Muddling through the blogosphere

September 15, 2012
by blogwalker

Professional Artists in the Classroom

Despite cutbacks and more cutbacks and very shaky state funding for public education, teachers in my district continue to offer exceptional learning opportunities for their students.

As California voters head to the polls in November, if they have any doubts about the importance of Governor Brown’s proposed Temporary Taxes to Fund Education-Guaranteed Public Safety Funding (a constitutional amendment that would raise personal income tax on yearly earnings over $250,000 for five years, with most of the revenue dedicated to K-12 schools), maybe the video below will help persuade them.

Shawn Sullivan is a phenomenal teacher. I want voters to realize they could be paying big bucks to send their kids to private schools in the region, but I doubt they’ll be able to find an Animations class that matches the level of instruction, expectations, and opportunities afforded to Shawn’s students.

I want to further boast that the list of innovative, dedicated teachers in my district is a long one.  A year ago, I posted the link to the Teach 21 wiki, with samples of teachers from across grade levels and disciplines, sharing best practices. Currently, videographer Doug Niva, who filmed Shawn’s piece, is helping me document the cross-curricular ways teachers are weaving digital citizenship into the core curriculum.  I hope to post those samples soon.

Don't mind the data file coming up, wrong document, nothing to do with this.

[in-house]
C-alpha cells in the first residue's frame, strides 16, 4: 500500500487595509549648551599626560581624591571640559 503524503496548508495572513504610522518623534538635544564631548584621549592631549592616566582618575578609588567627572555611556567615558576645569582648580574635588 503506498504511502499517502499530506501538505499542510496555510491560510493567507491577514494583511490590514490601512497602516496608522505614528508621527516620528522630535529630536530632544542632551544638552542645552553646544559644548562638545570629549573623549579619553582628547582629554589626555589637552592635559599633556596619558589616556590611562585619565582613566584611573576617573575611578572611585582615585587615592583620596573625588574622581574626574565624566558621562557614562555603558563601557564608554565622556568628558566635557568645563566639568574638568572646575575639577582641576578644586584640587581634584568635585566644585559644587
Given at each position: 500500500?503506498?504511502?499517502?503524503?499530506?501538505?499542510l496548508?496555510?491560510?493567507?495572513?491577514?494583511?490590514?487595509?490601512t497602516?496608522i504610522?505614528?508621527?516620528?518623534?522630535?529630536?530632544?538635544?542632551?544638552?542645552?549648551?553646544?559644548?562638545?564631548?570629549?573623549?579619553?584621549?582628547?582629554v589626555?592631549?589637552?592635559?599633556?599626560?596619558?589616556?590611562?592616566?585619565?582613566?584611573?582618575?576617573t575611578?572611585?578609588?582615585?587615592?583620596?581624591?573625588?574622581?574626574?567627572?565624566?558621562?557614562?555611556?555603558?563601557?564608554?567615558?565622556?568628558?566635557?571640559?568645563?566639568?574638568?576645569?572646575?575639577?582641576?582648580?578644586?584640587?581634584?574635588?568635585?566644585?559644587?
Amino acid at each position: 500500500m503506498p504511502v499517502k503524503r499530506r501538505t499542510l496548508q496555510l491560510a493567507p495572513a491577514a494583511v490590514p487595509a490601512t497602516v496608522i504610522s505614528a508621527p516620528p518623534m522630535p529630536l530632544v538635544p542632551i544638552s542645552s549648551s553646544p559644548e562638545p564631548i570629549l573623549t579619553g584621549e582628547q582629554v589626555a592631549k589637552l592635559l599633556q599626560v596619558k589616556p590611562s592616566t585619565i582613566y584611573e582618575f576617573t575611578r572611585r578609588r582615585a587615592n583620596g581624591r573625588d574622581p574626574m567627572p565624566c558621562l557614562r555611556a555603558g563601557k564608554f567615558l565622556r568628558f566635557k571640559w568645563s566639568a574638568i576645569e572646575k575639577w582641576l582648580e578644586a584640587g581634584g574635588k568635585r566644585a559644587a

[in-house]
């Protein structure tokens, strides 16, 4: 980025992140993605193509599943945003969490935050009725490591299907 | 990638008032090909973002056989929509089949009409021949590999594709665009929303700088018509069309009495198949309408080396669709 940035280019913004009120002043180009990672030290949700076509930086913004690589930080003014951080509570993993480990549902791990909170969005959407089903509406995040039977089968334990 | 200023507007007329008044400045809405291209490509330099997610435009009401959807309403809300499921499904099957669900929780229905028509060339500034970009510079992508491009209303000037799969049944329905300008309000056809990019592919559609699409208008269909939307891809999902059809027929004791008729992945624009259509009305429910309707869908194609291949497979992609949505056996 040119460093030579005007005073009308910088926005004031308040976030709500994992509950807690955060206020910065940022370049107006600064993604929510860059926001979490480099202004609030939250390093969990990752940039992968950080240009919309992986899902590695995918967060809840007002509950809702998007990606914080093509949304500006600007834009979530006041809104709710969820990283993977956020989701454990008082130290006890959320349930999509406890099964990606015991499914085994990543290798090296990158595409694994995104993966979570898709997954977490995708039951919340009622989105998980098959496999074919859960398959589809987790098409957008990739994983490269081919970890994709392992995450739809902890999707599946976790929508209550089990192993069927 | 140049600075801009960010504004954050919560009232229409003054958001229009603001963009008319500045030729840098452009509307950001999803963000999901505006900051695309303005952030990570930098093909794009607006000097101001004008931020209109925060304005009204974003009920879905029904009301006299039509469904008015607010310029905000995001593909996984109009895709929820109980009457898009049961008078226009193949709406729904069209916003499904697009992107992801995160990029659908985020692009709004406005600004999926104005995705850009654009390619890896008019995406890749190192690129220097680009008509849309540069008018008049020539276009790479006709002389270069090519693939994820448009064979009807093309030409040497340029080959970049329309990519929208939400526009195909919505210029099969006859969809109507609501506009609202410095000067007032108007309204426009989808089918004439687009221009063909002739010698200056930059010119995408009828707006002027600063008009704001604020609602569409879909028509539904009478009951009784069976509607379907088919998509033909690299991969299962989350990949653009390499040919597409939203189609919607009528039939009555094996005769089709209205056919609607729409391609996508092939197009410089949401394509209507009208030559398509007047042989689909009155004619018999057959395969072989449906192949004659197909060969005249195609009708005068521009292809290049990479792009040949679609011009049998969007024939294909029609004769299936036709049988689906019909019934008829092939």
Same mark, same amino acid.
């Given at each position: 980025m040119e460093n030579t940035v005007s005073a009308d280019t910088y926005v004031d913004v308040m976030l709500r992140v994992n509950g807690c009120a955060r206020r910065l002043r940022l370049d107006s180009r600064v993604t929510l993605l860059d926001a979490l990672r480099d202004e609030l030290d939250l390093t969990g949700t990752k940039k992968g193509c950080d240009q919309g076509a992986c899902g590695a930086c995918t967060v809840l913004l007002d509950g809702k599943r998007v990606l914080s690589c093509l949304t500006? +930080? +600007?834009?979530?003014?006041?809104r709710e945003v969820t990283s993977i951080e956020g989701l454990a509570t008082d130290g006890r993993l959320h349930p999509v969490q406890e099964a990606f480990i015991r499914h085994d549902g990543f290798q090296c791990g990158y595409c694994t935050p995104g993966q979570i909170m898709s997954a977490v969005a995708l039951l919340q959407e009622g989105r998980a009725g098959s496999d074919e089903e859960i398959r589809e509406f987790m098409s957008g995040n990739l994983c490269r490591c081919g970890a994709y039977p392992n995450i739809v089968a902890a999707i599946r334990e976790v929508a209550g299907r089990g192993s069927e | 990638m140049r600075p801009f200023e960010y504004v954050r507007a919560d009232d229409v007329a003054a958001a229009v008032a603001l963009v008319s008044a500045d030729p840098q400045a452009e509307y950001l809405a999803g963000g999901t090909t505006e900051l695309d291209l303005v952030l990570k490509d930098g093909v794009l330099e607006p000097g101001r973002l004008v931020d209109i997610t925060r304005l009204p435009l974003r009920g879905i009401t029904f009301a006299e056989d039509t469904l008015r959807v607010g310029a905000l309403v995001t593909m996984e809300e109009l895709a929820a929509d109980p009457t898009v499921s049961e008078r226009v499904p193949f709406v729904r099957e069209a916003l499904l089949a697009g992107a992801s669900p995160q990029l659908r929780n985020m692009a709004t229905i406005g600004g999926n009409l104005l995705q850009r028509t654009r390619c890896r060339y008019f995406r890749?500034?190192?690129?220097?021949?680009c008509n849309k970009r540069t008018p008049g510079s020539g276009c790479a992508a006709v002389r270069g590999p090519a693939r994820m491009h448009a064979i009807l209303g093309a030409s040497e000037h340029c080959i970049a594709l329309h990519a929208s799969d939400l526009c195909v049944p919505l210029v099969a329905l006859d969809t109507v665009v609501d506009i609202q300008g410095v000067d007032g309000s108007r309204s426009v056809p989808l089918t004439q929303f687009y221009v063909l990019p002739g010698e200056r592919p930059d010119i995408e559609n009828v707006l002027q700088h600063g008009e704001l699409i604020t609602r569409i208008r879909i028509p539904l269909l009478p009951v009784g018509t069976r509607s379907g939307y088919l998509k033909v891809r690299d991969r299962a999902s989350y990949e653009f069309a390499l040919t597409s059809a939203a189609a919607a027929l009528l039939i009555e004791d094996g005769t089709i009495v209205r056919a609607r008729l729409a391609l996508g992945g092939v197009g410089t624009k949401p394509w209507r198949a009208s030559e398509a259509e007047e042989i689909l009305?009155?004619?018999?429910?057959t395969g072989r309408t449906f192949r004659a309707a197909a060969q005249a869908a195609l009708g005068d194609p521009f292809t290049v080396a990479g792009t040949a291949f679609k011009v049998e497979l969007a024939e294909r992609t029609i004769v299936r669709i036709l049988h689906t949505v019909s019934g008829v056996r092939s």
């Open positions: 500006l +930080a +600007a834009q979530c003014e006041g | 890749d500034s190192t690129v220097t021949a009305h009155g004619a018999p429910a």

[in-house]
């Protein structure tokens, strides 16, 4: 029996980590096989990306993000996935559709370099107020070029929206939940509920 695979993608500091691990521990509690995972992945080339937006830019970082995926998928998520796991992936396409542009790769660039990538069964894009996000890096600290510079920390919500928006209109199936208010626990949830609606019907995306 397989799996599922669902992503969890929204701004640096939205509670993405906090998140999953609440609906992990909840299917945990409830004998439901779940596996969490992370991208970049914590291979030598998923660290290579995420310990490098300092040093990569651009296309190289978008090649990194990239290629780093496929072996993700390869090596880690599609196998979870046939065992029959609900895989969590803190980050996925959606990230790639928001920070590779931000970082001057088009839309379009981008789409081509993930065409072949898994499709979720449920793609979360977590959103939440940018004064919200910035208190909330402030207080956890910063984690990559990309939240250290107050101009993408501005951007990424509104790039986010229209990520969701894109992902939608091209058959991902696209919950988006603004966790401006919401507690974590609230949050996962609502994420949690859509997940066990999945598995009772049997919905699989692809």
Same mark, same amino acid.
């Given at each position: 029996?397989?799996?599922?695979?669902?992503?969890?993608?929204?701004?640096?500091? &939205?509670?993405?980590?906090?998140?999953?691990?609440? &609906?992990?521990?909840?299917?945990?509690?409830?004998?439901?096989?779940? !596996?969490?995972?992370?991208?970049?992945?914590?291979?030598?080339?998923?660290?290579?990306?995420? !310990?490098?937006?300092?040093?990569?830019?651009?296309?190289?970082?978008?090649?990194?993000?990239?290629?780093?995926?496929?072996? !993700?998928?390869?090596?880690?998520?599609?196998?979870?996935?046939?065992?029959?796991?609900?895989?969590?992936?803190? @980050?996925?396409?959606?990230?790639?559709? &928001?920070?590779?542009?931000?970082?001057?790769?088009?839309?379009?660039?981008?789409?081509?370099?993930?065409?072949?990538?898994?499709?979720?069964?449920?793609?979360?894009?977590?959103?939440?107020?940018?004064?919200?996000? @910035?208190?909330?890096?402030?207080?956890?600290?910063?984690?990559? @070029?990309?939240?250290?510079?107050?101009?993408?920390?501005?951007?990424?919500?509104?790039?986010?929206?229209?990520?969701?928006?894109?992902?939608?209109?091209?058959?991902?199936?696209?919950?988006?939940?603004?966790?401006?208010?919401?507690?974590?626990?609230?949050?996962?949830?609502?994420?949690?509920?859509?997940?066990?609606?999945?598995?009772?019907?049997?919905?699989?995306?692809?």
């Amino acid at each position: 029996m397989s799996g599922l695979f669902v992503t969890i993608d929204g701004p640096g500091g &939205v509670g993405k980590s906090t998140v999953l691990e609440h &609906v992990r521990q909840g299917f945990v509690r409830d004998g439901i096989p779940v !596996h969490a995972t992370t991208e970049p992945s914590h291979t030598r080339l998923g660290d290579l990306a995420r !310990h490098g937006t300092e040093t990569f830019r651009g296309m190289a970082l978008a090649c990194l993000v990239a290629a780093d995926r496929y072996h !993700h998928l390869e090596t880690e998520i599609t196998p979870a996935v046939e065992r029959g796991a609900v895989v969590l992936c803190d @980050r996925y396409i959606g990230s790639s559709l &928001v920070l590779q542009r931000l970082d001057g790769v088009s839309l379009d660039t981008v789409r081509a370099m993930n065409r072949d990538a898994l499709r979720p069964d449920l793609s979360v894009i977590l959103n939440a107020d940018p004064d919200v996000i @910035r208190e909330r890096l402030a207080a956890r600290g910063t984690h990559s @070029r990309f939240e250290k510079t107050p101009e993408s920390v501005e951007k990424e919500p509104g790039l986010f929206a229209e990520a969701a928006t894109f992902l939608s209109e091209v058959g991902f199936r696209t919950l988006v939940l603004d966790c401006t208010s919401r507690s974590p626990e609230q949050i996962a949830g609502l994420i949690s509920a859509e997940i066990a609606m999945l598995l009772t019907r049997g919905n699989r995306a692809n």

Good things are happening in my district and across California public schools.

June 10, 2012
by blogwalker

An Amazing Student – who pays tribute to an amazing teacher

For California public schools and their 2012-13 budgets, so much depends on  November, when voters will have the opportunity to step up and support our schools by approving the governor’s proposed budget. Given the tsunami of teacher bashing still sweeping the country, I hope every district in the state – and nation – will make the effort to broadcast the efforts and accomplishments of talented teachers … teachers who change students’ lives for the better, thus benefiting society as a whole.

I personally have run out of fingers and toes to count the number of times parents and community members have shared with me about teachers in my district who have opened up new worlds of possibilities for a student.  Teachers like Sheldon High School’s Shawn Sullivan. But I’ll let David Garibaldi share a first-hand account:

Thank you Edutopia for sharing this inspiring story.  My goal for the upcoming school year it to highlight at least once a week an outstanding public school teacher – and I can already tell you that the school year will run out before I’ve barely tapped into my list:-)


May 8, 2010
by blogwalker

Waiting ’till testing is over’ – 3 questions and a quote